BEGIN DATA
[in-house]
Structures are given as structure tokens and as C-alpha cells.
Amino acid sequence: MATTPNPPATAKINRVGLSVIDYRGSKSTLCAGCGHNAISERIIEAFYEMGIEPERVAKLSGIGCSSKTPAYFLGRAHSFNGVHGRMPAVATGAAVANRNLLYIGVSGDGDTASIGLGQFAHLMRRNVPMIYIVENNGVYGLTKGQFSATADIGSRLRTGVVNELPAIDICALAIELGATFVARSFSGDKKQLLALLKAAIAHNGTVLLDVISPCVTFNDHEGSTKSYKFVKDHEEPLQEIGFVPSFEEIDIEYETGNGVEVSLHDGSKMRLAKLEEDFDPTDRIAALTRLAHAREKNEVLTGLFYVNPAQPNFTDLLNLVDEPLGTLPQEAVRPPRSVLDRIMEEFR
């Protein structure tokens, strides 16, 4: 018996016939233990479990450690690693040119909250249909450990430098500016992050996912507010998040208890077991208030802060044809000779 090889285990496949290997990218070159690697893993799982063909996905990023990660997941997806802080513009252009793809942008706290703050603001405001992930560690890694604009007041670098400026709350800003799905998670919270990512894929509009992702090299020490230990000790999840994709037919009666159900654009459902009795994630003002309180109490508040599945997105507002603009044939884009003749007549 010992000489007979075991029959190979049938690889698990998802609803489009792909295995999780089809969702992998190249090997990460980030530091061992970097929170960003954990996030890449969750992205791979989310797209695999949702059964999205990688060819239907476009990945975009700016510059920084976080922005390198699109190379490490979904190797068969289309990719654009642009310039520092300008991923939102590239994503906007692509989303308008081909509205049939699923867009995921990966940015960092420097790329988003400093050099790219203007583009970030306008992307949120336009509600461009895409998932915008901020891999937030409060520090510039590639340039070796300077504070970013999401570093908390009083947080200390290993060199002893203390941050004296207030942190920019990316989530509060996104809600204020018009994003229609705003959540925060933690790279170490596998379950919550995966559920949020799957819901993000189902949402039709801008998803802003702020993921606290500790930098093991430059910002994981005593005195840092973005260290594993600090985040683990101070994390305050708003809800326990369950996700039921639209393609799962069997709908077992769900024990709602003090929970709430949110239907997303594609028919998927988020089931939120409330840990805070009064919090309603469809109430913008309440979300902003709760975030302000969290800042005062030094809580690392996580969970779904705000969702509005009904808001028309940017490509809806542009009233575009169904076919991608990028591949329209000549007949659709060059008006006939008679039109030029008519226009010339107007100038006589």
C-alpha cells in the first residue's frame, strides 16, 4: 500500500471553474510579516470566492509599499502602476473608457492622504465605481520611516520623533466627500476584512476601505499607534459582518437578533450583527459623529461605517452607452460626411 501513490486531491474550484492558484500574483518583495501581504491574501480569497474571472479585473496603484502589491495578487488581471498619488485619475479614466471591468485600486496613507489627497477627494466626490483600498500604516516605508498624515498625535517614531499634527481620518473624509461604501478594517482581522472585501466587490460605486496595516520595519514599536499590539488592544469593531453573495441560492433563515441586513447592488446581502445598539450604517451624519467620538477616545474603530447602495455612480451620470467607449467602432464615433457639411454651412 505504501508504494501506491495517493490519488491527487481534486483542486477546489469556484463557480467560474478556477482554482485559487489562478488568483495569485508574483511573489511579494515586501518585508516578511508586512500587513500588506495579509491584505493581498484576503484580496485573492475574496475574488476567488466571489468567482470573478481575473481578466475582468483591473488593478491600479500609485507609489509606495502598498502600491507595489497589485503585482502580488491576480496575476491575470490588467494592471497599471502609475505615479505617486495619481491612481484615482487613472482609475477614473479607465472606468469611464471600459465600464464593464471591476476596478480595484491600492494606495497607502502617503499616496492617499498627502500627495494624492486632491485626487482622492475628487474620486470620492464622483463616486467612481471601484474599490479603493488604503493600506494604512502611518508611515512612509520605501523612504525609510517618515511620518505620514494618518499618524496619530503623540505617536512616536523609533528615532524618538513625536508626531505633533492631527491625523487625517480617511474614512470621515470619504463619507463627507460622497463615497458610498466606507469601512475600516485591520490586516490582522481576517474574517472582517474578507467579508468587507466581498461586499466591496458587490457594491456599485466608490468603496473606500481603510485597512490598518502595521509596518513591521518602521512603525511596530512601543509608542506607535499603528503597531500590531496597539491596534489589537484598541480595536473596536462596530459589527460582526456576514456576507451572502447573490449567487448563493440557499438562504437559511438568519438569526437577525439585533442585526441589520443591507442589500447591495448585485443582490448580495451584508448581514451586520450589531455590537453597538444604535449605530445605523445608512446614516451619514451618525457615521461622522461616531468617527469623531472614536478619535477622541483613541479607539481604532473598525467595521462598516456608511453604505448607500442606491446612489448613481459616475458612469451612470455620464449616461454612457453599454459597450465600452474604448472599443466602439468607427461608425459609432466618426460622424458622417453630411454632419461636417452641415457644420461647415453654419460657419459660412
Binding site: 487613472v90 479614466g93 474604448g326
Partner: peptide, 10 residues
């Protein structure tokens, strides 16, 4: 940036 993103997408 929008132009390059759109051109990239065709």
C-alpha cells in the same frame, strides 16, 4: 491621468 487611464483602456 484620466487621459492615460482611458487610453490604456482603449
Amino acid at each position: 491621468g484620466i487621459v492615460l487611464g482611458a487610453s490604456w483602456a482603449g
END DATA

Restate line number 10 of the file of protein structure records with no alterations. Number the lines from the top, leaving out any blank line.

Amino acid at each position: 491621468g484620466i487621459v492615460l487611464g482611458a487610453s490604456w483602456a482603449g